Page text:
In the book, Prof. Pieixoto refers to Gilead’s “racist policies”; the show has been criticized for ignoring race, and given our current political moment, it’s impossible to imagine that the theocratic movement that created Gilead wouldn’t also be white supremacist—though we did get a moment in a recent episode in which Lydia (Ann Dowd) and two fellow Aunts are considering Handmaid assignments and indicate that one won’t be acceptable to a couple who’ve refused to take a “Handmaid of color.”

    Prof. Pieixoto singles the Aunts out for special note, calling them a “crack female control agency” and citing an architect of Gilead who believed “that the best and most cost-effective way to control women for reproductive and other purposes was through women themselves”—a notion that just played out on the show in an episode flashing back to Lydia’s origin story as a kindly elementary school teacher who, after a romantic rejection, turned her rage against a student’s single mother by exploiting newly restrictive laws to get the child sent to foster care for spurious reasons.

    The Handmaid’s Tale is about to end its third season, with the finale dropping on Hulu July 24. The imminent publication of Atwood’s sequel, The Testaments, will bring a whole new vein of material to be mined in potential future seasons. As a critic of the show, I have sometimes been frustrated by moments when characters seemed to be making decisions for the sake of the plot; the idea that June would, in the Season 2 finale, be on the verge of escaping Gilead with her baby and decide to give up her chance on the groundless hope that she might also someday free Hannah from her new family is preposterous. But even in moments like these, characters’ essential natures have remained true to their portrayal in Atwood’s novel. That, paired with the fact that Atwood has been a consulting producer throughout the run of the show thus far, would lead one to believe that, while The Testaments will vault us 15 years past the end of June’s story in The Handmaid’s Tale, she and her fellow Gileadean narrators will still be recognizable to those of us who’ve been watching her on Hulu for the past three seasons. It also seems likely that we shouldn’t be too optimistic about where Atwood will leave June this time.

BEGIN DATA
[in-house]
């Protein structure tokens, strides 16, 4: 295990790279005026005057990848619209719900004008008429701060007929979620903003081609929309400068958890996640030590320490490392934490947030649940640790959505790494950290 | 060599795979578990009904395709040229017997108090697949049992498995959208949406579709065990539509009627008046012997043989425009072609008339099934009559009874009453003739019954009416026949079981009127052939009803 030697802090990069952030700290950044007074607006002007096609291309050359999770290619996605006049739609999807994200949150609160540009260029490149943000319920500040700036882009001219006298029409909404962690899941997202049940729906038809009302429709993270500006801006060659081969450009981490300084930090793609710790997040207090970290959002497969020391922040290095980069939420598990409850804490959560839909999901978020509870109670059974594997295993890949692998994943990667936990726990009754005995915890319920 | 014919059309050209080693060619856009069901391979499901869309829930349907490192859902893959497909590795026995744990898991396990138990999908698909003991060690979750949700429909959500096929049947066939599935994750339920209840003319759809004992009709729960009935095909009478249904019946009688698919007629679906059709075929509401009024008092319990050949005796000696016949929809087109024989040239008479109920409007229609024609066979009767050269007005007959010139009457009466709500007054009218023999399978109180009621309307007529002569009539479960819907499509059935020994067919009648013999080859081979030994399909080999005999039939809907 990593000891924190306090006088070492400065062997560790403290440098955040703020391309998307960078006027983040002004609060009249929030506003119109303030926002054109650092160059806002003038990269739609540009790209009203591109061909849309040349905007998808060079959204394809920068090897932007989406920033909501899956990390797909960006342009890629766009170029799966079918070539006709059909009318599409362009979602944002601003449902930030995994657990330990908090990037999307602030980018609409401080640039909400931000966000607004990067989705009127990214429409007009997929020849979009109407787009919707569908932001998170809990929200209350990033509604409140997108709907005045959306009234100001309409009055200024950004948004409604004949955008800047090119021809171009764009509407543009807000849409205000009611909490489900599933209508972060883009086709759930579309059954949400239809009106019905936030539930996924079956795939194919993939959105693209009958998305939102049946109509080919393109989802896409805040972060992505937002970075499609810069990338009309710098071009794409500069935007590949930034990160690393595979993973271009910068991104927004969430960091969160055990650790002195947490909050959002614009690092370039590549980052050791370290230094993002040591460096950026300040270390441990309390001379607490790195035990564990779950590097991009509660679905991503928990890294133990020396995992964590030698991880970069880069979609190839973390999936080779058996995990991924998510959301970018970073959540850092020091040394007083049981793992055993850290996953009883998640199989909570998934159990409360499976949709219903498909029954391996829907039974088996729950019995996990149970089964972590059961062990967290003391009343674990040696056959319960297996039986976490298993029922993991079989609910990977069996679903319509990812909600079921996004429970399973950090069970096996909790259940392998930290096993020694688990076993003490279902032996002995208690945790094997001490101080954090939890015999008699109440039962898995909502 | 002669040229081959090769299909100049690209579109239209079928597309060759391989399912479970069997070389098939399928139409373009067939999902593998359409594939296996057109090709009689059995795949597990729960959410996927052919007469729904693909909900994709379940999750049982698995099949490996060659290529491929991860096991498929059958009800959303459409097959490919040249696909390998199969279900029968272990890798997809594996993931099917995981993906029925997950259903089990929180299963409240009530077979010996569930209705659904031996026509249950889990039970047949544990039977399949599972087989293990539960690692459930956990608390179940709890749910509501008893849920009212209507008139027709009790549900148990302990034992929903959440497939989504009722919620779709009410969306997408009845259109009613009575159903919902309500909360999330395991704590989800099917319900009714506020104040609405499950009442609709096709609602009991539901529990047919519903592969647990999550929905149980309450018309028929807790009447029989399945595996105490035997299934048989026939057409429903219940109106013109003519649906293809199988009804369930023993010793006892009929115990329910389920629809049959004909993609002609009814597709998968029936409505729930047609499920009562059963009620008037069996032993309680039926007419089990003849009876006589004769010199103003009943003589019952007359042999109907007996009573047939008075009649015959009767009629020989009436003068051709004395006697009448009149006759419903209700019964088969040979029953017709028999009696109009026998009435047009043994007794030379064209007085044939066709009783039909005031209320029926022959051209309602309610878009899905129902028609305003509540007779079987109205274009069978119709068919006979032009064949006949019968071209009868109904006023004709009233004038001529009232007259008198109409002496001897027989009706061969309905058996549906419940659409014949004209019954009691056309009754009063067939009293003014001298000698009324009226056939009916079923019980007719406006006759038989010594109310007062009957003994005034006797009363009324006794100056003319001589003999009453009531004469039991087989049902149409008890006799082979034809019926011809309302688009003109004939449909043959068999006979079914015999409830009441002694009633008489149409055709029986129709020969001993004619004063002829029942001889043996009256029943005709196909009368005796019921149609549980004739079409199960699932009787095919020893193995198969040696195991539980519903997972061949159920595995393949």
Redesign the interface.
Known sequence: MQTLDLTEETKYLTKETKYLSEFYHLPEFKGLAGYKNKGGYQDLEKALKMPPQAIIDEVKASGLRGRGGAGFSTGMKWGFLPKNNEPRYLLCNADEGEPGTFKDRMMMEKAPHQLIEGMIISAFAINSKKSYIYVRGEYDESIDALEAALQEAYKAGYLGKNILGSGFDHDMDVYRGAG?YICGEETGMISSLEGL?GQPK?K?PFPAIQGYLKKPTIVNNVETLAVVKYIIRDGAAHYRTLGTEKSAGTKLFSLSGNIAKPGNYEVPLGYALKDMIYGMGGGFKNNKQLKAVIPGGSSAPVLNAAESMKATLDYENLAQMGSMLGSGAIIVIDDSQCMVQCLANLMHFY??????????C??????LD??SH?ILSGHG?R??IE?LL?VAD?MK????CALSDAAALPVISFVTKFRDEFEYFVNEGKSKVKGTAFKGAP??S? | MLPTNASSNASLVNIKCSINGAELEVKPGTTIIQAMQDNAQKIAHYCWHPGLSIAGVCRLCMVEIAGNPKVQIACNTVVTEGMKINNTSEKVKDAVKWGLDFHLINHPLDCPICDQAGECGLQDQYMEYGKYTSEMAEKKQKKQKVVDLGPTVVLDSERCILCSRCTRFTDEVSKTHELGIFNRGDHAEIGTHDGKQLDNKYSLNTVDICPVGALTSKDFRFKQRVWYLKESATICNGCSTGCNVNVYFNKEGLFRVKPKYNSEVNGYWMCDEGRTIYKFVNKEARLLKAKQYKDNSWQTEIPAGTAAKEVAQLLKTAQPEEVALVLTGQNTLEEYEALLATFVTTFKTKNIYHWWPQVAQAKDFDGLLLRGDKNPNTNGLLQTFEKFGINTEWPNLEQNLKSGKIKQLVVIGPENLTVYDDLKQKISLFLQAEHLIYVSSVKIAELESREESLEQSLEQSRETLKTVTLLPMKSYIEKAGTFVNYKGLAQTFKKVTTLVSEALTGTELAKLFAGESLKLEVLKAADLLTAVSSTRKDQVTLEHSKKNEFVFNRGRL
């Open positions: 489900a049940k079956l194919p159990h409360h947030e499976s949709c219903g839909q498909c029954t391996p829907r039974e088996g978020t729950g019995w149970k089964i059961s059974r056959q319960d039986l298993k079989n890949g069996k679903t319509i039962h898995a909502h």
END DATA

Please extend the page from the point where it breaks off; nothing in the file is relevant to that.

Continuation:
Do you have opinions to share about the similarities and differences between Hulu’s The Handmaid’s Tale and Margaret Atwood’s novel? Do you want to speculate about what readers might discover in The Testaments? On July 25, many Barnes & Noble stores are hosting Handmaid’s Tale Cafe Meetups where fans can come together to discuss the show, book, and more. Find a participating store near you.

    The post What Hints Does Hulu’s <i>The Handmaid’s Tale</i> Give Us About Margaret Atwood’s <i>The Testaments</i>? appeared first on Barnes & Noble Reads.